Don Brown has plenty of stories.
Stories of growing up on the family farm north of Boyd.
Stories of his time at Texas A&M.
Stories about his beloved wives, daughter, granddaughters and great-grandchildren.
And plenty of stories of his time at war.
“I could talk for 100 years about that,” the 98-year-old said.Many of the stories from that millennium volume, however, are encased in a medium-sized shadow box hanging on the wall of his unit at Governor’s Ridge.
In addition to his identifying pins, badges, dog tags and campaign stars, there’s a photo of a 28-year-old Brown in the upper left-hand corner.
“That was taken at Fort Barkeley, after I enlisted,” Brown said. “It was one of those things, something that you had to do.”
Brown graduated from Decatur High School, where he played football, in 1932 before earning a degree in petroleum engineering from Texas A&M. He landed a job at Lone Star Gas Co. in 1939 and lived in Dallas before he was called to the U.S. Army. He enlisted March 9, 1942, at Fort Benning, Ga.
“My old friend Pat Bevel from Clarendon picked me up in Decatur at my mother’s place,” he recalled. “We were wearing civilian clothes. We didn’t have uniforms, so we had to stop on the way to Fort Benning and buy some uniforms in southern Alabama.”
Brown “wasn’t there very long” before continuing training at Camp Barkeley in Abilene and undergoing desert training in Needles, Calif., and Yuma, Ariz.
“There the temperatures in September would get up to 120 degrees,” Brown recalled.
After a quick stint in Fort Dix, N.J., where he married his sweetheart, Ruth Duncan, Brown deployed overseas to France and Normandy.
“I wasn’t overseas very long,” he said. “About a year.”
But it was long enough to garner a slew of accolades including a Purple Heart with an oak leaf cluster, signifying Brown’s two battle wounds – one in his right arm and another in the back of his right leg.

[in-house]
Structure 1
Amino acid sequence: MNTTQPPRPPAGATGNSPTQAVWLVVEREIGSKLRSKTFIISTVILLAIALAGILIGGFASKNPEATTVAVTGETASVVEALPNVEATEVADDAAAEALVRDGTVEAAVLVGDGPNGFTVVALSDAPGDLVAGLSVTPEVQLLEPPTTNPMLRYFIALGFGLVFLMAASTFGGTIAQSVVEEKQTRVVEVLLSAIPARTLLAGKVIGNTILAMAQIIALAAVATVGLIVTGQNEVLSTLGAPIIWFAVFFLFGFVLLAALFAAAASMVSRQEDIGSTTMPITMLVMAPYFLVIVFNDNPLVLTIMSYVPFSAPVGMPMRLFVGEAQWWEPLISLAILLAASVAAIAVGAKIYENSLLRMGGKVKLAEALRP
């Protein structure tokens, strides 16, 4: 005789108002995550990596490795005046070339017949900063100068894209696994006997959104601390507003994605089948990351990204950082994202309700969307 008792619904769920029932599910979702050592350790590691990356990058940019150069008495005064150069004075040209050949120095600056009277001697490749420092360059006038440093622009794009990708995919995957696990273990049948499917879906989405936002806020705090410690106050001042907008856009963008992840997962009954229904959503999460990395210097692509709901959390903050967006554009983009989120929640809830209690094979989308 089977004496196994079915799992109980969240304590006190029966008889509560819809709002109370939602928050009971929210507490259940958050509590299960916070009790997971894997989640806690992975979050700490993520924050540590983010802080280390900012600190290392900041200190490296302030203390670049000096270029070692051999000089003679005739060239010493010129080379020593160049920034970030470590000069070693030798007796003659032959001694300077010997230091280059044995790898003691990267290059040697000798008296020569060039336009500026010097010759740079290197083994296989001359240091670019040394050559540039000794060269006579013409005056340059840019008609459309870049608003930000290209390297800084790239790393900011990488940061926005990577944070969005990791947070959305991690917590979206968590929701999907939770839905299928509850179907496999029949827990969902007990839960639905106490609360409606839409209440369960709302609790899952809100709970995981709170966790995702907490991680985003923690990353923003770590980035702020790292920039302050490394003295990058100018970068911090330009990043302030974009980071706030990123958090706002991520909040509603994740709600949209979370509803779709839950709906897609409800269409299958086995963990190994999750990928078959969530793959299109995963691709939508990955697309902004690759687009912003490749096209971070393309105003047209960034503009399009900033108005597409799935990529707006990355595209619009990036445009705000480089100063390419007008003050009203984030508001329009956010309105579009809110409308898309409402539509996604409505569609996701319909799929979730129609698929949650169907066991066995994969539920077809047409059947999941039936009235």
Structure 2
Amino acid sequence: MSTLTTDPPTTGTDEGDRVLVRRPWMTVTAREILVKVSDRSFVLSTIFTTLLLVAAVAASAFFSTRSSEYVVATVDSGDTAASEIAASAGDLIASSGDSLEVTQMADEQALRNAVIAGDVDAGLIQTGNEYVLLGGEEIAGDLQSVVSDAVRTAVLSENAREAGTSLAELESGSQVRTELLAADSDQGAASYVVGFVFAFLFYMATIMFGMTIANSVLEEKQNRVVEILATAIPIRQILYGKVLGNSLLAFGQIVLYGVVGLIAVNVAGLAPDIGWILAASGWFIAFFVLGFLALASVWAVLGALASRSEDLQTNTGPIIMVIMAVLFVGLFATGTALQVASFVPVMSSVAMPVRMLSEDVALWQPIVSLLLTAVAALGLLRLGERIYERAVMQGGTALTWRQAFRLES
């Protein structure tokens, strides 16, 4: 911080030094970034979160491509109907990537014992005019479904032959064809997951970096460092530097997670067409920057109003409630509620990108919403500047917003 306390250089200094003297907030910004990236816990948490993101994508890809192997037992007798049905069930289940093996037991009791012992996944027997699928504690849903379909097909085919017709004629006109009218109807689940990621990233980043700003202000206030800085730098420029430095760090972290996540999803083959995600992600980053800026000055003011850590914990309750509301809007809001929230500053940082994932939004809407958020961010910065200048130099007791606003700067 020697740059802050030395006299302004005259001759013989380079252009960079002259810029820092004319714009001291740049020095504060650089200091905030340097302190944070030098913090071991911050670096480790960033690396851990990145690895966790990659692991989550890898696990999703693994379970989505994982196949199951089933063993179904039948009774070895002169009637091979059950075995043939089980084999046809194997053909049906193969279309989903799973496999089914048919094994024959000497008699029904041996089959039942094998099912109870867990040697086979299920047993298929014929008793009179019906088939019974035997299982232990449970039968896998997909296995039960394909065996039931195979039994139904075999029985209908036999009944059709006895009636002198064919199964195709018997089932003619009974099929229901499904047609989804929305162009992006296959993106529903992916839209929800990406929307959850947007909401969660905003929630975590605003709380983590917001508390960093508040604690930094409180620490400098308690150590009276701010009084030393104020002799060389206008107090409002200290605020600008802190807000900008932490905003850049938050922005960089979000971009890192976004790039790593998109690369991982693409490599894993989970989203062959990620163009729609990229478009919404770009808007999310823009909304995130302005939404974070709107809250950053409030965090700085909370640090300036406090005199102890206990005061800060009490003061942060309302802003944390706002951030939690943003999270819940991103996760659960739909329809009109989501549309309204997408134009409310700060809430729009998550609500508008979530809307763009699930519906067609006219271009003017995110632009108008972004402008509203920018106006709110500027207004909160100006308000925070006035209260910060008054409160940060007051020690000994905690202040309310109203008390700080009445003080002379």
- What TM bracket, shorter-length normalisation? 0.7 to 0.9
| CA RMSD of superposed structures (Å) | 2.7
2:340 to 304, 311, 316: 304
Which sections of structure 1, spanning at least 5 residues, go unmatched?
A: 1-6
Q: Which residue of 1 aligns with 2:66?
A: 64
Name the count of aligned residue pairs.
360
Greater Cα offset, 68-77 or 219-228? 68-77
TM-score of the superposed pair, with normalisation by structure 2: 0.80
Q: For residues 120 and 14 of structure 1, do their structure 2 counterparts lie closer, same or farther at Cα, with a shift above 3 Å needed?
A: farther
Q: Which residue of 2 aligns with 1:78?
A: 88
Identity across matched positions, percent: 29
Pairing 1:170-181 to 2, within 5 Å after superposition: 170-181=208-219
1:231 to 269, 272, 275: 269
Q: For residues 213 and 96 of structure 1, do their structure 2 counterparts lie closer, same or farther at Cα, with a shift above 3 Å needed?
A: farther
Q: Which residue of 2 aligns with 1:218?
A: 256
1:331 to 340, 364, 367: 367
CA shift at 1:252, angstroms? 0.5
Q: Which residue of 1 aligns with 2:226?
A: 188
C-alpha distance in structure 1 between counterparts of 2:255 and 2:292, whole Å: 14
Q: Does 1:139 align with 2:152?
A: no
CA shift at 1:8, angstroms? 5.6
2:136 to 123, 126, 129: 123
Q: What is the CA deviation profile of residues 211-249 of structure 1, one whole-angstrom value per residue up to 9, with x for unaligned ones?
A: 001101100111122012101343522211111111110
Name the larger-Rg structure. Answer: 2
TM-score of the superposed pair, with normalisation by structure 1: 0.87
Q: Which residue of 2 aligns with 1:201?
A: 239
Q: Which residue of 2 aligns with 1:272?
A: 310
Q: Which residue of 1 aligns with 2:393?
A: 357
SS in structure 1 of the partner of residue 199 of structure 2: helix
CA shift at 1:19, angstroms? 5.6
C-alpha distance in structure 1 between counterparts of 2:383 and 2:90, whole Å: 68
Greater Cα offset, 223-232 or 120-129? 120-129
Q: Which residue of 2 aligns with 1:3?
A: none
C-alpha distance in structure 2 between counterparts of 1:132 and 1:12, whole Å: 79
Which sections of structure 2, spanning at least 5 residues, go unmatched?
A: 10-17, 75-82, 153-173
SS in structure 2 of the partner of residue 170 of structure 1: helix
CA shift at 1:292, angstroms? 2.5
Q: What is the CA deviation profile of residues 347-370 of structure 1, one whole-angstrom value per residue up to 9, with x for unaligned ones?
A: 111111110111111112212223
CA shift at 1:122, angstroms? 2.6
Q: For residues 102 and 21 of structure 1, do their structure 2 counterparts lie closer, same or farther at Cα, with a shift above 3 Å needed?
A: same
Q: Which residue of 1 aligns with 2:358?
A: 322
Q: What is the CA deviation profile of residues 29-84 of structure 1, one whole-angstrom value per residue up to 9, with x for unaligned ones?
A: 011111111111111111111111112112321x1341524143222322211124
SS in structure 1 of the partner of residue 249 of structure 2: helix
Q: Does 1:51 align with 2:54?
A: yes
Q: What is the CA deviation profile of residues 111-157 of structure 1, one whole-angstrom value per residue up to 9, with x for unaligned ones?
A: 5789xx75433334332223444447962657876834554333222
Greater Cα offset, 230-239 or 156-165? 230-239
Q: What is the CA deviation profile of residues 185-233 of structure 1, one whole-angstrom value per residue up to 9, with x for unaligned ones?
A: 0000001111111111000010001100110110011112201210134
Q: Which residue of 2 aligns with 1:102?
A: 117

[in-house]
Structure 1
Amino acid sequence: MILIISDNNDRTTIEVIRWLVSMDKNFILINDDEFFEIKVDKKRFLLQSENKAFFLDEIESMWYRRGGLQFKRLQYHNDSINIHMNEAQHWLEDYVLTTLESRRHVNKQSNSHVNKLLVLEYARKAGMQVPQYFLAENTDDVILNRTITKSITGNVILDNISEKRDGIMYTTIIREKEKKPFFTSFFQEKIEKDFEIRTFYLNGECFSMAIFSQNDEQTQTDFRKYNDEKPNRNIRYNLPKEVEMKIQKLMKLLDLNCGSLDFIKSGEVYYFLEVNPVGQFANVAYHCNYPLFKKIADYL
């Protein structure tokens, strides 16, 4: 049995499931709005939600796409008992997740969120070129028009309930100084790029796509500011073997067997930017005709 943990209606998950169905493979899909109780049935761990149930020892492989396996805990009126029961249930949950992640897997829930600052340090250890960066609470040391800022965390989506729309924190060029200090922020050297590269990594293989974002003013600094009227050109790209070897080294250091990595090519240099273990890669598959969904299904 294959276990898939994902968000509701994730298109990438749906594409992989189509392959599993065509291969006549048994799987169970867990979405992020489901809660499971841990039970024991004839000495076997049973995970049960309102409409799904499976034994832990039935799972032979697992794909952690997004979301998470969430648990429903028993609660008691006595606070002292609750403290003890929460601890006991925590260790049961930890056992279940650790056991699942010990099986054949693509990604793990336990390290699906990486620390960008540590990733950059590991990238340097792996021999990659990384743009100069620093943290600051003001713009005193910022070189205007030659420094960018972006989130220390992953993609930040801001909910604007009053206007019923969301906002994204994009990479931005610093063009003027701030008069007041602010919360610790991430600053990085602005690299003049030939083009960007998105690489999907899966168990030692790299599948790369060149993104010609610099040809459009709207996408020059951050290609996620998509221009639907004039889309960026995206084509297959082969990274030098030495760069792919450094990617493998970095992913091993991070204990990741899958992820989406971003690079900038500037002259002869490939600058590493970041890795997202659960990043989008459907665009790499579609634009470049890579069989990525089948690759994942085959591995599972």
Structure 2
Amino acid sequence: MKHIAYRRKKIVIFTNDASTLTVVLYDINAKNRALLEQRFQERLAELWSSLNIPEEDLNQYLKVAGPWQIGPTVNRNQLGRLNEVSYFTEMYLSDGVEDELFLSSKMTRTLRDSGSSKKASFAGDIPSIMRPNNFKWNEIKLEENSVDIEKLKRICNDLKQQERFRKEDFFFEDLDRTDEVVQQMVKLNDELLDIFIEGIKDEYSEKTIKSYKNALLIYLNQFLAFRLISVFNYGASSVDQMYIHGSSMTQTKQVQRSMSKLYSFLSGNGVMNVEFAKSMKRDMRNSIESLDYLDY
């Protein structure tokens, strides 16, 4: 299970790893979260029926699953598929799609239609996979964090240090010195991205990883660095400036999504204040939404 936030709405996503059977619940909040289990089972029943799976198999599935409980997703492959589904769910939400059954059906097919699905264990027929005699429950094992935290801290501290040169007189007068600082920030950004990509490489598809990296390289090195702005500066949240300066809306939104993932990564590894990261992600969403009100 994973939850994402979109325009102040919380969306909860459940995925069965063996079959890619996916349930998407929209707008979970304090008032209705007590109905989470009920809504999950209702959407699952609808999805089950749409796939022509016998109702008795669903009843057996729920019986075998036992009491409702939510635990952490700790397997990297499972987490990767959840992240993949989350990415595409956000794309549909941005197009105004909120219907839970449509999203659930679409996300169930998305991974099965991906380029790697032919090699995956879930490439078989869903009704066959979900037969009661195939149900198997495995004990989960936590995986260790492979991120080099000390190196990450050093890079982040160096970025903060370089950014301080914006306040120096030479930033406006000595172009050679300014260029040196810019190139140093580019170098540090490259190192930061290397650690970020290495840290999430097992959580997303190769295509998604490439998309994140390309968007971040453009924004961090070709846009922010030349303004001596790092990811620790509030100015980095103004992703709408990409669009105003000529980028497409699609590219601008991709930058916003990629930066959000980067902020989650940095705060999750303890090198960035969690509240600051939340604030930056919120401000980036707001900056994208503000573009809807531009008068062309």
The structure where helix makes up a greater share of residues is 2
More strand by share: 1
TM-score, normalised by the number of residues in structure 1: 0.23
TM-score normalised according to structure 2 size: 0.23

“I spent a lot of time in England, in the hospitals in Winchester,” Brown said. “I went through that hospital twice. Stonehenge is right down the road, but I didn’t know it at the time.”
Although the date of the first injury is clearly inscribed in his mind – June 12, 1944 – Brown said he couldn’t recall how it happened.
“I reached down for my rifle, and there was blood on my arm,” he said. “It must have been the guys in the foxhole.”
Brown sustained his second injury during the Battle of Chambois.
“I put (the bullet) on my bedside table, and they swept it out,” he said. “I never did get home with it.”
The bullet from the first injury was pried from his arm and is nestled in the upper righthand corner of the shadow box, just above the croix de guerre, or French cross of war.
The square-cross medal on two crossed swords hangs from a ribbon with various degree pins. The French bestowed it on foreign military forces – individuals or units – allied to France during World War I, World War II and in other conflicts.
“That one was from France for getting the Germans out of Normandy,” he said.
Brown served as the first lieutenant of the 358th infantry in the 90th division, denoted by a red and green patch featuring a T and O.
“For Texas-Oklahoma,” he explained. “That’s what they were called in the first (World) War. We were the Tough Hombres in the second.”
Brown and his Tough Hombres were also recognized with a bronze star for their work in France.
“We set up a roadblock on the highway leading to Paris,” Brown said. “We were on top of them. When we’d see the German troops trying to get to home, we’d fire, not trying to kill them. Just letting them know we were there. They’d throw white flags, and we’d wave them on in. We captured 75 prisoners.”
Brown also recalls a speech given by General George S. Patton just before D-Day and remembers watching him battle.
The war ended shortly after Brown sustained his second wound and troops returned home. Brown reunited with his wife in Modesto, Calif., and moved back home to Dallas, where their only daughter, Linda (now Cowell), was born. Brown went back to work at Lone Star and retired to Decatur after 40 years.
“I haven’t been back (to serve) since,” Brown said. “I lost the best friends I ever had. That was the hardest part of all. That weighs heavy. But my pride in our country weighs, too.”